The Chéreau Ring Cycle — Die Walküre 

(published first at ionarts)

available at Amazon
Centennial Ring, Die Walküre, Chéreau / Boulez
The second leg of The RingDie Walküre — is widely regarded as the most popular of the four operas. I know why, but I don’t quite follow… it is perhaps the one I care the least for, assuming the others are done well. As part of an integral cycle, such preferences don’t really matter, as you wouldn’t skip any of them, just because you prefer another. In the overture, Boulez’s touch is apparent through a fluid and wide range of dynamics. American Jeanine Altmeyer is what turns out to be a formidable Sieglinde, with good (but nothing more than that) pronunciation, who only gets stronger from Act I on. Rock star/actor/Heldentenor/Parkinson's victim Peter Hofmann is Siegmund (we know someone who particularly takes note of his bare-chested performances) stars alongside her.

Chez Hunding is a mid-19th-century industrial building in less-than-inviting grays. Matti Salminen’s Hunding booms the second he comes on stage. He already made a premature exit in Rheingold, courtesy of Fafner; it’s a shame that his vocal contribution is once more cut short, this time by Wotan. His (Hunding’s) men are with him – minor industrial captains or his managers (just what did you call a ‘manager’ back then?) around Hunding’s ermine-clad industrial baron, all with perfect faces, like period photographs come to life. Hunding, meanwhile, is really not that bad a guy – given that it is his duty to take care of this feckless rival, troublemaker and convention-breaker Wehwalt (Siegmund) who threatens the way of life and public order that Hunding and his like depend on. (Never mind ogling his wife right upon arrival.)

Also on Ionarts:

Patrice Chéreau's New Film at the Mostra (September 8, 2005)

The Chéreau Ring Cycle — Das Rheingold (September 7, 2005)

Boulez Comes Down from the Green Hill for Good (September 5, 2005)

The Chéreau Ring Cycle - The Making of... (September 2, 2005)
Donald McIntyre’s Wotan is somewhat domesticated in Die Walküre, his hair less wild, his dress the railroad tycoon’s or a banker’s. Fricka, his 19th-century upper-class wife, is sung by Hannah Schwarz. Fricka’s legitimate moral concerns and Wotan’s freewheeling liberalism regarding the institution of marriage (both as regards himself, his incestuous kids, and Sieglinde’s marriage cum white-slavery to Hunding) is portrayed well, although I can imagine more impressive vocal and dramatic contributions. Mme. Schwarz warms up to the role, though, as she represents the most realistic character in the immoral world of opera: the wife of a philandering husband who tries to instill at least a basic sense of morality and adherence to rule in Wotan. Even if Schwarz is not as convincingly the moral conscience as Elena Zaremba was in the WNO’s Walküre it is a role that should elicit far more sympathy and understanding than thinking of her as a party-spoiling nagging hag. Come to think of it... Fricka actually succeeds in making her husband reconsider and retract at least some of his plans at least once... and as such she is perhaps a highly unrealistic character, after all, in the world of opera, where faithfulness and marital and ethical virtue are rarer to be found than in any other profession, including the oldest.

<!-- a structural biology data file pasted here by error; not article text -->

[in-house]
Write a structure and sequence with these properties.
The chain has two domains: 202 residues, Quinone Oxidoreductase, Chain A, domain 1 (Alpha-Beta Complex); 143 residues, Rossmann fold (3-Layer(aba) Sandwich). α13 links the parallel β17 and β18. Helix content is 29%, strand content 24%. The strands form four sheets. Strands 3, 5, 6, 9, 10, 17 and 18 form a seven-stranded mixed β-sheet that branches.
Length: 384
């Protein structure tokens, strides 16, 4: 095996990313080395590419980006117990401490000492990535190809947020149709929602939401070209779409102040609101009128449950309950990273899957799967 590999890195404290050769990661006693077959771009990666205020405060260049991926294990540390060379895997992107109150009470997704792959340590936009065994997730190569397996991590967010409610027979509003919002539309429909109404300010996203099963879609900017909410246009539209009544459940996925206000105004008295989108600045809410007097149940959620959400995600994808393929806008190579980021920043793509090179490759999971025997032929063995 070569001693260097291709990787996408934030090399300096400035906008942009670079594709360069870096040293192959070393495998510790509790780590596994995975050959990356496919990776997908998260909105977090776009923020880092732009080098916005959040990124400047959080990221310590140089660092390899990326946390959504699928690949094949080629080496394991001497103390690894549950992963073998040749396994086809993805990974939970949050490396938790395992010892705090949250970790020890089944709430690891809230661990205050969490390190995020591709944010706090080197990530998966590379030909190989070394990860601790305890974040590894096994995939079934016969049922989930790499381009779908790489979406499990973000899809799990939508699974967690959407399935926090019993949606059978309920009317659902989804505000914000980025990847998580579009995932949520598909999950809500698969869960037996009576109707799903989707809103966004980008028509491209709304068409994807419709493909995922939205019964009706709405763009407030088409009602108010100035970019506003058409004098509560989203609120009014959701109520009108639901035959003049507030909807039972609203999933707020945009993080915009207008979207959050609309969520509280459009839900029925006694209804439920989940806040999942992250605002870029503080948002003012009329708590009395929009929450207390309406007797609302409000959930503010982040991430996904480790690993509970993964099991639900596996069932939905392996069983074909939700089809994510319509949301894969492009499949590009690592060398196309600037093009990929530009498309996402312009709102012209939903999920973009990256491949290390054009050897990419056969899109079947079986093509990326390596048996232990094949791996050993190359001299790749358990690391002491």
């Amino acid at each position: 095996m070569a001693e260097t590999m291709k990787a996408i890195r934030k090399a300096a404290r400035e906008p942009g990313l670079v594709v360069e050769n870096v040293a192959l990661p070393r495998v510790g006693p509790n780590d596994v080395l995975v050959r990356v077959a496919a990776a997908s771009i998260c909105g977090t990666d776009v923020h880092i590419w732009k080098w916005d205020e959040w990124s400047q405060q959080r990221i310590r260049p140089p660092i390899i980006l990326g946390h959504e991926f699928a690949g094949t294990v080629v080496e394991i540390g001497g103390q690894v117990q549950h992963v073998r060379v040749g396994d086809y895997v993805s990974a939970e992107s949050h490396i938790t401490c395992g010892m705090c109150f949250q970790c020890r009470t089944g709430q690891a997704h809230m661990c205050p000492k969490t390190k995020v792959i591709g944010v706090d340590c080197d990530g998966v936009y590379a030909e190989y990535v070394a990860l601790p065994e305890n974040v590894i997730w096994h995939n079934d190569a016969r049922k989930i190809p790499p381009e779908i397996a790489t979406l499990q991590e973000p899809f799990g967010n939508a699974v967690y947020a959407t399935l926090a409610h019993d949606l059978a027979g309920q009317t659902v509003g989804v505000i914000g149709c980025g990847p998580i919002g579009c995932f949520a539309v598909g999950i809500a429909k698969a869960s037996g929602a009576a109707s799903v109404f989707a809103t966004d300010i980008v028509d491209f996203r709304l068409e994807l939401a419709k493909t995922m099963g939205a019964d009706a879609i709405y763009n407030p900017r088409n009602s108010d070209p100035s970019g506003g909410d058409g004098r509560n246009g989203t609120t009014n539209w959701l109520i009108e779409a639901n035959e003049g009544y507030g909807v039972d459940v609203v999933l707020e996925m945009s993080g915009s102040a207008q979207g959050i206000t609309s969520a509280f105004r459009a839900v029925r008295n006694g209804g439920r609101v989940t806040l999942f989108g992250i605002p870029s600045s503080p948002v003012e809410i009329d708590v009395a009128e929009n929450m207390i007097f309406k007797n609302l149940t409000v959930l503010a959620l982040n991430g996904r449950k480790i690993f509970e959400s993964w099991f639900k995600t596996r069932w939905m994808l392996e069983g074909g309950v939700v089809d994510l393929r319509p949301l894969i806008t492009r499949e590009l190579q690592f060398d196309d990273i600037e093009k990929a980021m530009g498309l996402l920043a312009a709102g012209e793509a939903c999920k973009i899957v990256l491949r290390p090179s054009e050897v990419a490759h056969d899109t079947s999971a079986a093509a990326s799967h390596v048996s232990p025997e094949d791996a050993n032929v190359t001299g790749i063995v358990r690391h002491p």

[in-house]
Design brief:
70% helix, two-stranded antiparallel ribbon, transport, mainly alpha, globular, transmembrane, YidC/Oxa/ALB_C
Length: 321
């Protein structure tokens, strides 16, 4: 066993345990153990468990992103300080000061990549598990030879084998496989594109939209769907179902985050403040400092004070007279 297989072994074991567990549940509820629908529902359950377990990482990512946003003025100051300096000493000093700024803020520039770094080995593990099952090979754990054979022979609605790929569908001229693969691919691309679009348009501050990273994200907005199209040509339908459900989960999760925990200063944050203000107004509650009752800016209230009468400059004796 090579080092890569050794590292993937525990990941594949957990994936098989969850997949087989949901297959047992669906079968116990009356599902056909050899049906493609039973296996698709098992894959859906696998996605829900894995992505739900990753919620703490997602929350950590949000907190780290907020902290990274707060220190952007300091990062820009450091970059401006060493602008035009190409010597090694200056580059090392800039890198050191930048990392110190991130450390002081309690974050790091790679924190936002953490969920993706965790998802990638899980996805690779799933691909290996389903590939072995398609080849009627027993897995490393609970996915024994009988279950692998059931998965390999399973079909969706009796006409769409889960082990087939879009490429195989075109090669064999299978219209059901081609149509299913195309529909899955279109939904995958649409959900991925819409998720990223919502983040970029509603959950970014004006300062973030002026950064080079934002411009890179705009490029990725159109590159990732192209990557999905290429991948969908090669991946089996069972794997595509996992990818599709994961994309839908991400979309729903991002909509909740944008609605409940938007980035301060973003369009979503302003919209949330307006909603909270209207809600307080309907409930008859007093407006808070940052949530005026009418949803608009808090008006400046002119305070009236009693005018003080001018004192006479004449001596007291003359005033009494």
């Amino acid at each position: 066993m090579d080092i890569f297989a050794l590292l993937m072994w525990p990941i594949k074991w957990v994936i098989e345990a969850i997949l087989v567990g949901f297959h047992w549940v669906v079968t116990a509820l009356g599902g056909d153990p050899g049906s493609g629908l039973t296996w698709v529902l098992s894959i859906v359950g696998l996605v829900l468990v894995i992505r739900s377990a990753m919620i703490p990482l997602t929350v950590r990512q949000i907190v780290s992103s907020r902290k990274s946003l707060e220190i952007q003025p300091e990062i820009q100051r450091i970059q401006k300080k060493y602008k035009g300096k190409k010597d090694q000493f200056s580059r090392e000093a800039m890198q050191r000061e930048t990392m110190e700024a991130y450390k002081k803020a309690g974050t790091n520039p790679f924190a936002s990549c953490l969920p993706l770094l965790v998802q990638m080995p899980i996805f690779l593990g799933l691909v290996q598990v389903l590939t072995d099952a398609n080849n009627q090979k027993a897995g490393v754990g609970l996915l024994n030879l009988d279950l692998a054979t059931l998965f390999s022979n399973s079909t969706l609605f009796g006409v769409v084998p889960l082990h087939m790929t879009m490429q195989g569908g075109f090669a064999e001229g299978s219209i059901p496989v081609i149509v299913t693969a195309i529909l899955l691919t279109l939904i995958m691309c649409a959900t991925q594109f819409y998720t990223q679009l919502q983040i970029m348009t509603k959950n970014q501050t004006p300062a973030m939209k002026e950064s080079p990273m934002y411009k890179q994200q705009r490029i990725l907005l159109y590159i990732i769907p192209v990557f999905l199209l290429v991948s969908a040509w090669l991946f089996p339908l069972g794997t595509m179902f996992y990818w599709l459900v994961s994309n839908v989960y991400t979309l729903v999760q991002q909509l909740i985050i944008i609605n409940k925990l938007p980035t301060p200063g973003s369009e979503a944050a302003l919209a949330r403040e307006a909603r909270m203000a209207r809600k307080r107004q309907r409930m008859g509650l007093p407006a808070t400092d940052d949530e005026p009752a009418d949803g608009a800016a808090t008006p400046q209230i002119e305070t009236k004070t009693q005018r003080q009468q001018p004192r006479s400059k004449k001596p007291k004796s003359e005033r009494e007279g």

Jeanine Altmeyer rises to top form in Scene III of Act II. Because of their looks and physique, Hofmann and Altmeyer don’t require any suspension of disbelief, either. If Hofmann seems a little weak in the high notes (though not terribly so), it is exacerbated by Sieglinde’s vocal excellence and covered up by fine acting. His “Winterstürme, weichet dem Wonnemond” is heart-wrenchingly delivered over beautiful orchestral playing.

Act III shows McIntyre a little on the vocally shy side next to Gwyneth Jones, who doesn’t produce the prettiest sound and varies between very impressive moments and the sound of effort (though not yet strain). Again, watching the opera takes the edge off these possible shortcomings. Subtitles, too, help immensely where the diction is not great in the already hard-to-understand Walküre scenes. Jones certainly looks fairly convincing as Brünnhilde, even if 1980 saw her a few years older than the playful hero-collecting girl in Chéreau’s production would have been. Still, a non-obese Brünnhilde with pleasant features makes this Walküre very pleasant to watch, even if it does not quite match the qualities of Das Rheingold. The orchestral elements under Boulez are above criticism... at least above mine. Even if his is not one’s favorite way of conducting Wagner, the mere quality and drama of it must be acknowledged and convince on some level. To my ears it is among the finest orchestral contributions to The Ring – certainly in modern sound, where I only find the two very different approaches of Barenboim (caring, with attention to detail, broad and muscular) and Sawallisch (self-effacing almost, loving no-nonsense crispness) equally convincing.

Dramatically, “Leb wohl, du kühnes, herrliches Kind” – Wotan’s last aria in The Ring (before he becomes the “Wanderer”) does indeed become a family affair under the directing hand of Chéreau. With intensely moving (yes, I cried) portrays of Brünnhilde’s frailty and childlikeness that makes her character in Siegfried and Götterdämmerung all the more believable, she and Wotan say their last goodbyes. The curtain falls upon the misty eyes of the viewer and a second installment in the centennial Ring that does not match the first but is convincing and enjoyable all the same.

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